that can be channelled to projects that would
enable growth and development of the state.
“As a specialised element of the anti-
corruption process, asset recovery requires
professional and dedicated people, comprising
investigators, prosecutors and managers to
handle it jointly for effectiveness and to derive
the maximum benefits.
“A point therefore has to be made on the
importance of diligent investigation to
successful and fruitful asset recovery and
management.
“Whatever success that is made of forfeiture
or recoveries depends on the thoroughness of
investigation and diligence of prosecution and
ability of investigators to trace whatever is
traceable and recoverable. The success of
asset forfeiture begins with the investigation.
“Surprisingly, however, in spite of the lack of
adequate legal guidance and other limitations,
Nigeria is perhaps the most successful
country in terms of asset recoveries from
foreign lands. Over time, a lot of money has
been successfully returned to us in assets
laundered in several countries.”
Ribadu expressed concern that some lawyers
took advantage of the probe of the $180m
Halliburton scam to milk the nation dry.
He said: “Contrary to such insinuations about
self-enrichment, it was some people, not us or
even the government, that made money from
some of those cases.
“A case in point is the Halliburton
investigation where after we had done the
bulk of the work, it was turned into a milking
cow for some senior lawyers who made
millions of dollars out of it.”
The ex-EFCC chairman said President
Muhammadu Buhari has a rare political will to
fight corruption.
He also said EFCC chairman Magu and his
team have made unprecedented recoveries in
the history of Nigeria.
He pleaded with Nigerians to support Buhari’s
anti-graft war.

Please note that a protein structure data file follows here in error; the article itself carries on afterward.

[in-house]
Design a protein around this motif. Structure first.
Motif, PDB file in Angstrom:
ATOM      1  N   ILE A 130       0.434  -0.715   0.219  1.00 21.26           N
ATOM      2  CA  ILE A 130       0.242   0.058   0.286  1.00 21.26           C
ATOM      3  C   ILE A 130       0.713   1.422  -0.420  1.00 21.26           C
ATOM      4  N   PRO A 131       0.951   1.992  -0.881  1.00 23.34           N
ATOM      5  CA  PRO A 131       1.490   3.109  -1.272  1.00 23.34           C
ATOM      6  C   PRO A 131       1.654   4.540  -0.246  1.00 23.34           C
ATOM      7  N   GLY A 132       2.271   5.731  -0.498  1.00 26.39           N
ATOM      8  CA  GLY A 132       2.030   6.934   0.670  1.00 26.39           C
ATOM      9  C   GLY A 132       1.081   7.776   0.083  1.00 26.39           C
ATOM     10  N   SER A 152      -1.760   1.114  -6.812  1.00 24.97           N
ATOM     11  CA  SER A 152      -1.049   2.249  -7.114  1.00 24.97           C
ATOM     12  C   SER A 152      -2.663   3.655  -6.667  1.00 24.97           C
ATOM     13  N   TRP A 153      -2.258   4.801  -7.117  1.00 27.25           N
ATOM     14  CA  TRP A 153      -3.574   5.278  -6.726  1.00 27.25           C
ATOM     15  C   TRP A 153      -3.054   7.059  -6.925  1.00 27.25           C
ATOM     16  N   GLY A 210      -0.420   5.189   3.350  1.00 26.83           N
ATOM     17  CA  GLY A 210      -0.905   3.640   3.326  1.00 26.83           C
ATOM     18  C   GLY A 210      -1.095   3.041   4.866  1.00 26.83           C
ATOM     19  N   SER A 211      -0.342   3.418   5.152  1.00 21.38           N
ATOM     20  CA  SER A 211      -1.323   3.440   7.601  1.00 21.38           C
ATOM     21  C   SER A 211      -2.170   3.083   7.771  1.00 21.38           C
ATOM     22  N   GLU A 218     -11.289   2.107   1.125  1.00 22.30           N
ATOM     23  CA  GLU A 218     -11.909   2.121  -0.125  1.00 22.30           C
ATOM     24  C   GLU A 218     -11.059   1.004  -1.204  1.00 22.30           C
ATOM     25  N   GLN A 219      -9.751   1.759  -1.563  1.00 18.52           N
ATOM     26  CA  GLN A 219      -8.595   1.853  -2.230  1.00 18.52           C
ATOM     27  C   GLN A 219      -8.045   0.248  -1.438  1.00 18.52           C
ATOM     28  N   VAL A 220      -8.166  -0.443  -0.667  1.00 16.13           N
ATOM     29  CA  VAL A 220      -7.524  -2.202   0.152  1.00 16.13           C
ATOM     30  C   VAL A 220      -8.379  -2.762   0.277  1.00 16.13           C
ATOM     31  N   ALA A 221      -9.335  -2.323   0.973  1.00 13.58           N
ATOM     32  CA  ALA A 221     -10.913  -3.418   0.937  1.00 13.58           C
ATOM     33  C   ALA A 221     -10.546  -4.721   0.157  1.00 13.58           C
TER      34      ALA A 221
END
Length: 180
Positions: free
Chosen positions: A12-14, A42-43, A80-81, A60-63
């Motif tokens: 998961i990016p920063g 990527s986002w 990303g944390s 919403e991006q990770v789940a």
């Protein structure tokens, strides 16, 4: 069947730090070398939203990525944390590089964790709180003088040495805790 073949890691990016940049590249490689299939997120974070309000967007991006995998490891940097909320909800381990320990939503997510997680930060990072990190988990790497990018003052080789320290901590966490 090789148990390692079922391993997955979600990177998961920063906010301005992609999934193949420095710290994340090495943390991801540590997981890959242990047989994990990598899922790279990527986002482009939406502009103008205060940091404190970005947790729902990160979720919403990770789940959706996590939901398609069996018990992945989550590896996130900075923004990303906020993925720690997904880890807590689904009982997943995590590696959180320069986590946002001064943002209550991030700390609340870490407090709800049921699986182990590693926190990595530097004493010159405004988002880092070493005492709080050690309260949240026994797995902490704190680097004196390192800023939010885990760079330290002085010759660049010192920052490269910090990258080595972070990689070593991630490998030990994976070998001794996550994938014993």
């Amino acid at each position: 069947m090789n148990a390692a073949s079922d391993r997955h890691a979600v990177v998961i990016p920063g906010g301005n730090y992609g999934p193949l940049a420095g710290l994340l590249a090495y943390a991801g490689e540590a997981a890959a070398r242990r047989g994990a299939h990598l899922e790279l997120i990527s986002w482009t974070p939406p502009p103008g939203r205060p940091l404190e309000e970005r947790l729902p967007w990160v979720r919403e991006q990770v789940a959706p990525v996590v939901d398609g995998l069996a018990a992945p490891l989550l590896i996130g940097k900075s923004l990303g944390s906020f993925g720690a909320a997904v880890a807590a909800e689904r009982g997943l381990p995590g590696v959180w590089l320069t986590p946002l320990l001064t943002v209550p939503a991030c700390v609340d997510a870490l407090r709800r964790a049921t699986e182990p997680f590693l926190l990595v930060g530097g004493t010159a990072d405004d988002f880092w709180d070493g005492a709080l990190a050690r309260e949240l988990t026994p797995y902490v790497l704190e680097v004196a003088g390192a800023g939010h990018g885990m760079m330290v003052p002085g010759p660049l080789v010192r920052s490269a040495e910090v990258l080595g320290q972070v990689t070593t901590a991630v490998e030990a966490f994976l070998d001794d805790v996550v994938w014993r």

He said: “ For me, this period is an important
episode for this work, being a time that we
have the most vital tool needed in this war,
namely political will. I see in the present
leadership, specifically the president, the will
to allow the war to be fought without
interference and the eagerness to support it in
whatever way possible. These two points are
important prerequisite in winning the anti-
corruption war.
“We are also lucky to have a set of people
that are very passionate and committed to be
in charge of the process. Added to this, we
have a plethora of practitioners, intellectuals,
activists and the media that are keen and
supportive of the campaign.
PACAC Executive Secretary Prof Bolaji
Owasanoye said between $20billion and
$40billion is stolen annually from developing
countries.
According to him, seizure is important to the
asset recovery process as it ensures the
blockage or preservation of assets.
Director, Rule of Law Division, Commonwealth
Secretariat, Katalaina Sapolu, said the
international community and the
Commonwealth would support the Buhari
administration’s bid to recover stolen funds.
“We do not think that there has been, in many
jurisdictions, a really settled view on the
approach, because it requires development of
policy and establishment of relevant
institutional frameworks,” Ms Sapolu said.
According to her, the outcome of the three-
day workshop would help in the formulation of
such policies.